5 Reasons Why There are Fewer Veterans in Congress Today

5 Reasons Fewer Vets in Congress - American Veterans Honor Fund

When the 117th Congress of the United States was sworn in, Capitol Hill will have 91 Veterans of the United States military serving in its halls. Of the 91 Veterans who will be serving in the nation’s most powerful legislative body, 50 of them didn’t begin their military careers until after the year 2000; 49 have overseas combat experience; 6 are women (a decrease of 1 from the previous congress; and 15 are first time lawmakers. While we are encouraged that so many of these Vets are young, the fact remains: Veteran presence within the Congressional body has reached its lowest level since World War II.

Why There are Fewer Veterans in Congress Today

There are several factors which contribute to the decline of Veterans serving in Congress, here are five of the most significant reasons why there are fewer veterans in Congress today:

A Volunteer Force

According to the Military Officer’s Association of America, “In 1973, nearly three in every four members of Congress had some type of military service. In 2021, it’ll be about one in every six members who have military experience.” The transition into an entirely volunteer military force has likely contributed greatly to the steady decline of Veterans in Congress. As noted by History.com, the United States has implemented several drafts since its founding, beginning with the Civil War and again during each World War. The first peacetime draft was instituted the Burke-Wadsworth Act in 1940 and “between 1948 and 1973, men were drafted into the armed forces in both peacetime and conflict periods.” A direct line can be drawn to the decline of Veterans in Congress from the end of military conscription in the 1970’s.

Campaigns are Expensive

Perhaps one of the most prohibitive aspects of mounting a campaign for public office at the federal level is the vast fortune required to be competitive. On our most recent elections, The New York Times notes, “the 2020 election has blown past previous records to become the most expensive campaign in American history, with the final tally for the battle for the White House and control of the Senate and the House expected to hit nearly $14 billion.” That is double the record spent by candidates in 2016. OpenSecrets.org reports that $8.7 billion alone was spent on Congressional seats, averaging out to $18.58 million per seat spent by both candidates and private groups for the 468 races that occurred between the House and Senate.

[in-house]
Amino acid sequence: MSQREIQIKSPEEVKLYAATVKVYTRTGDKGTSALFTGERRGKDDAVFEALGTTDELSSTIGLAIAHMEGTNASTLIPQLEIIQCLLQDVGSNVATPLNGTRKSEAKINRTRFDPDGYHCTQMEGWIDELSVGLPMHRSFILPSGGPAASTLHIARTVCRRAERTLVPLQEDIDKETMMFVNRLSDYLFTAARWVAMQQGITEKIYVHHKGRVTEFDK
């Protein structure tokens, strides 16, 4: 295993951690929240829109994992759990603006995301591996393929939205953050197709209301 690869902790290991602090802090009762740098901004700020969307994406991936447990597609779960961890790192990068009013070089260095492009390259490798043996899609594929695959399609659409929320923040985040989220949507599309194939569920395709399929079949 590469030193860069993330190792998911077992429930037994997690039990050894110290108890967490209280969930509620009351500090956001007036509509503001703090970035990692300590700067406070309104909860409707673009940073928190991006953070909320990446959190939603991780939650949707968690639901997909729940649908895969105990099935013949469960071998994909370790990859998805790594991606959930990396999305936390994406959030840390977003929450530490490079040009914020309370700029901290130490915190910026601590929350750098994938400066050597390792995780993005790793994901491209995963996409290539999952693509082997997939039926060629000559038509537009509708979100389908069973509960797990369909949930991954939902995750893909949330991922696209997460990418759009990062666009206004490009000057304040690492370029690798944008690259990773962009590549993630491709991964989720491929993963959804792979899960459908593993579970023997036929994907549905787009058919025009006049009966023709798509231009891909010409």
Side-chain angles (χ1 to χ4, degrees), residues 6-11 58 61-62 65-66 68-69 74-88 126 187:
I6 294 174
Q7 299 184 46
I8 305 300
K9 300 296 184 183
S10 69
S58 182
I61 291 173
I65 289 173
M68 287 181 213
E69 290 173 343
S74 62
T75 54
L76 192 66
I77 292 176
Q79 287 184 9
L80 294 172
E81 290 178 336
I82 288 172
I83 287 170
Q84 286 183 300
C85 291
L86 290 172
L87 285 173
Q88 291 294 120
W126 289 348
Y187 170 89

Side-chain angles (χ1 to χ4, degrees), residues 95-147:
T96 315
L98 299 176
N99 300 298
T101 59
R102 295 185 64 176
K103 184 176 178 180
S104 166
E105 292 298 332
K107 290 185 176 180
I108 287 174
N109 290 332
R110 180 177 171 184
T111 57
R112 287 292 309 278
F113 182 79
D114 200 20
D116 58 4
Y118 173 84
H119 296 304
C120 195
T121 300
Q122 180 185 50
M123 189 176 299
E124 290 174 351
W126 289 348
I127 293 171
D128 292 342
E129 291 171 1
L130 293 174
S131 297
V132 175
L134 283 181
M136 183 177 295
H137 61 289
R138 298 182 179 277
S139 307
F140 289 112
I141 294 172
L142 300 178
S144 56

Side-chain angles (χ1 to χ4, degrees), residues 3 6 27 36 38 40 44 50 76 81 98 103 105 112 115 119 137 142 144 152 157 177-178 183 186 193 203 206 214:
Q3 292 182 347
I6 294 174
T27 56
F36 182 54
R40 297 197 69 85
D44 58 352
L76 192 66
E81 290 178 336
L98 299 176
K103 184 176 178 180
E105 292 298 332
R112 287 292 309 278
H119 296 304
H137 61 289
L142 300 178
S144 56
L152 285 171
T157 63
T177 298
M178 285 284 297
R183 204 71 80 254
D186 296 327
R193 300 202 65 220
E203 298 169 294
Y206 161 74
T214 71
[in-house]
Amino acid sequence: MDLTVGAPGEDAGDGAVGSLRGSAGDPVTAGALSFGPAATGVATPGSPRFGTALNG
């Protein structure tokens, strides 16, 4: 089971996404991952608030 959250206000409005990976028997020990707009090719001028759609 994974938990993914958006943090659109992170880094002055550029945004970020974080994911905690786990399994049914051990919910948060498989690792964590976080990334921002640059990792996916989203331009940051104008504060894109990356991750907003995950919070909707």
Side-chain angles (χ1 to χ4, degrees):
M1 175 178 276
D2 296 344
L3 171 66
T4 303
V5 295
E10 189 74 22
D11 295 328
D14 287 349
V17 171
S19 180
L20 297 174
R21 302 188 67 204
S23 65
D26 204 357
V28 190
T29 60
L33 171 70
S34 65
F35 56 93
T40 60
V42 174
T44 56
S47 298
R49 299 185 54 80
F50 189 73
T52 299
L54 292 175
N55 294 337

5 Reasons Fewer Vets in Congress - American Veterans Honor Fund

Lack of Networking

One of the most important pieces of the election puzzle is having a reliable network and campaign infrastructure in place. As noted above, raising the millions needed to run a successful election campaign is daunting enough, but going head-to-head with established politicians requires much more than money. Candidates need effective PR, campaign staff, advertisement, and expensive media presence to be competitive. Establishing a winning campaign infrastructure is a major challenge to any new politician, Veteran or not, and the effort to educate Veterans on effective campaign networking strategies has been a focus of several prominent Veteran PACs and organizations in recent years.

Incumbents are Hard to Beat

While we are thrilled whenever a new Veteran is elected into office, only 15 of the 91 Veterans elected in 2020 being first time office holders reflects the reality of defeating an incumbent: it is incredibly difficult. CNBC notes that in 2016, for instance, incumbents in both the House and Senate enjoyed a 97% success rate in their reelection campaigns. In general, since 1964, “voters have sent their incumbent House representative back to Washington 93 percent of the time. Senators enjoy only slightly less job security — 82 percent.” Incumbents have the benefit of experience, are more familiar to voters, and have entrenched fundraising and campaign networks which together create an edge over a challenger. With so many incumbents being non-Vets, it becomes increasingly difficult to reverse the trend over time.

Fewer Veterans are Running for Office

Within the context of recent history, fewer Veterans have been running for office than in previous eras of American politics. In 2014, Military Times noted, “according to an analysis from the nonpartisan Veterans Campaign, only 183 of the 865 major-party candidates up for election to Congress this year boast military experience. It’s the first time in recent memory that fewer than 200 veterans were on the campaign trail in the congressional races.” The publication also notes that 2020 saw 182 Vets running for Congress, which was an uptick from 173 in 2018, but still less than 2014. The good news is, numbers increased in 2020, and as a younger generation of Veterans from the War on Terror continue to mature, we are cautiously optimistic that these trends will begin to reverse, leading to more Veterans returning to the halls of Congress.

Image Credit: Photo by Elevenphotographs on Unsplash

For much of the American public, Veterans are given the unique honor in our society of near universal respect and praise. Service Members and Veterans put themselves on the line to protect our liberties and in return the public pledges support to them through government benefits and programs. But according to analysis recently conducted by the Roper Center, the public at large believes that the government is not doing enough through its federal programs to honor the sacrifices made by those in uniform.

Veterans Running for Office - American Veterans Honor Fund

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